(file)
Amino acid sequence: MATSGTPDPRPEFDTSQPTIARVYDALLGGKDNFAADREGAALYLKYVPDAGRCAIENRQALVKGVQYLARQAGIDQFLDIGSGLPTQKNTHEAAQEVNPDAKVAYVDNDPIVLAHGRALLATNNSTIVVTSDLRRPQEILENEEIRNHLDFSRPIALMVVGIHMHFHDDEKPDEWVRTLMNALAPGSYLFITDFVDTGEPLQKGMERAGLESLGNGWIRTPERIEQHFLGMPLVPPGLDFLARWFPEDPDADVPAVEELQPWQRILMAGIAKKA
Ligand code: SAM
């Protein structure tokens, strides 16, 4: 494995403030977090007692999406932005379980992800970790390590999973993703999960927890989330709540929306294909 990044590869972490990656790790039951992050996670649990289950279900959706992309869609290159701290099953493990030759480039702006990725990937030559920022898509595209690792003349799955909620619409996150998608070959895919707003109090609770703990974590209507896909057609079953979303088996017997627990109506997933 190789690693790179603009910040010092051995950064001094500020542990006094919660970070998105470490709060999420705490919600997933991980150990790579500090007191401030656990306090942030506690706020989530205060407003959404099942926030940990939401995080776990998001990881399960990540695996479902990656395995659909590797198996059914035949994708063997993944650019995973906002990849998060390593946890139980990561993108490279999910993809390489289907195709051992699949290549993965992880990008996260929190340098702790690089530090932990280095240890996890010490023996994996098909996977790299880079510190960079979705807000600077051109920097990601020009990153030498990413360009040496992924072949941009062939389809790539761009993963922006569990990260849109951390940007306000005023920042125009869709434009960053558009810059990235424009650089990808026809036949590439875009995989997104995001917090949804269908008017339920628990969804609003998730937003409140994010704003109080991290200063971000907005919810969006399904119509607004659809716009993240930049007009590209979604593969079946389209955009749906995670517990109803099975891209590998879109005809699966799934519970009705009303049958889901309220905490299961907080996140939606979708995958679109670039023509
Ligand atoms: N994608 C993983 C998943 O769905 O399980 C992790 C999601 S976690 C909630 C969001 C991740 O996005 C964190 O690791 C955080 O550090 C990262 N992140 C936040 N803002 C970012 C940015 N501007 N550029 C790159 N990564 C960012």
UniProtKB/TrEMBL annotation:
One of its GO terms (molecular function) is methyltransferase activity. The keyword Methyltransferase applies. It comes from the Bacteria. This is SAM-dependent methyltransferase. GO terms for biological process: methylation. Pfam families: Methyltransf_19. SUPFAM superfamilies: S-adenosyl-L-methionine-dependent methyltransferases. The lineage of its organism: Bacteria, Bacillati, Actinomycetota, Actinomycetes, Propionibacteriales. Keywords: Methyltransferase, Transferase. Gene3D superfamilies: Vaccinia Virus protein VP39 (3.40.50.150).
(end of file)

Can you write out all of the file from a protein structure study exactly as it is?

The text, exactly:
Amino acid sequence: MATSGTPDPRPEFDTSQPTIARVYDALLGGKDNFAADREGAALYLKYVPDAGRCAIENRQALVKGVQYLARQAGIDQFLDIGSGLPTQKNTHEAAQEVNPDAKVAYVDNDPIVLAHGRALLATNNSTIVVTSDLRRPQEILENEEIRNHLDFSRPIALMVVGIHMHFHDDEKPDEWVRTLMNALAPGSYLFITDFVDTGEPLQKGMERAGLESLGNGWIRTPERIEQHFLGMPLVPPGLDFLARWFPEDPDADVPAVEELQPWQRILMAGIAKKA
Ligand code: SAM
């Protein structure tokens, strides 16, 4: 494995403030977090007692999406932005379980992800970790390590999973993703999960927890989330709540929306294909 990044590869972490990656790790039951992050996670649990289950279900959706992309869609290159701290099953493990030759480039702006990725990937030559920022898509595209690792003349799955909620619409996150998608070959895919707003109090609770703990974590209507896909057609079953979303088996017997627990109506997933 190789690693790179603009910040010092051995950064001094500020542990006094919660970070998105470490709060999420705490919600997933991980150990790579500090007191401030656990306090942030506690706020989530205060407003959404099942926030940990939401995080776990998001990881399960990540695996479902990656395995659909590797198996059914035949994708063997993944650019995973906002990849998060390593946890139980990561993108490279999910993809390489289907195709051992699949290549993965992880990008996260929190340098702790690089530090932990280095240890996890010490023996994996098909996977790299880079510190960079979705807000600077051109920097990601020009990153030498990413360009040496992924072949941009062939389809790539761009993963922006569990990260849109951390940007306000005023920042125009869709434009960053558009810059990235424009650089990808026809036949590439875009995989997104995001917090949804269908008017339920628990969804609003998730937003409140994010704003109080991290200063971000907005919810969006399904119509607004659809716009993240930049007009590209979604593969079946389209955009749906995670517990109803099975891209590998879109005809699966799934519970009705009303049958889901309220905490299961907080996140939606979708995958679109670039023509
Ligand atoms: N994608 C993983 C998943 O769905 O399980 C992790 C999601 S976690 C909630 C969001 C991740 O996005 C964190 O690791 C955080 O550090 C990262 N992140 C936040 N803002 C970012 C940015 N501007 N550029 C790159 N990564 C960012």
UniProtKB/TrEMBL annotation:
One of its GO terms (molecular function) is methyltransferase activity. The keyword Methyltransferase applies. It comes from the Bacteria. This is SAM-dependent methyltransferase. GO terms for biological process: methylation. Pfam families: Methyltransf_19. SUPFAM superfamilies: S-adenosyl-L-methionine-dependent methyltransferases. The lineage of its organism: Bacteria, Bacillati, Actinomycetota, Actinomycetes, Propionibacteriales. Keywords: Methyltransferase, Transferase. Gene3D superfamilies: Vaccinia Virus protein VP39 (3.40.50.150).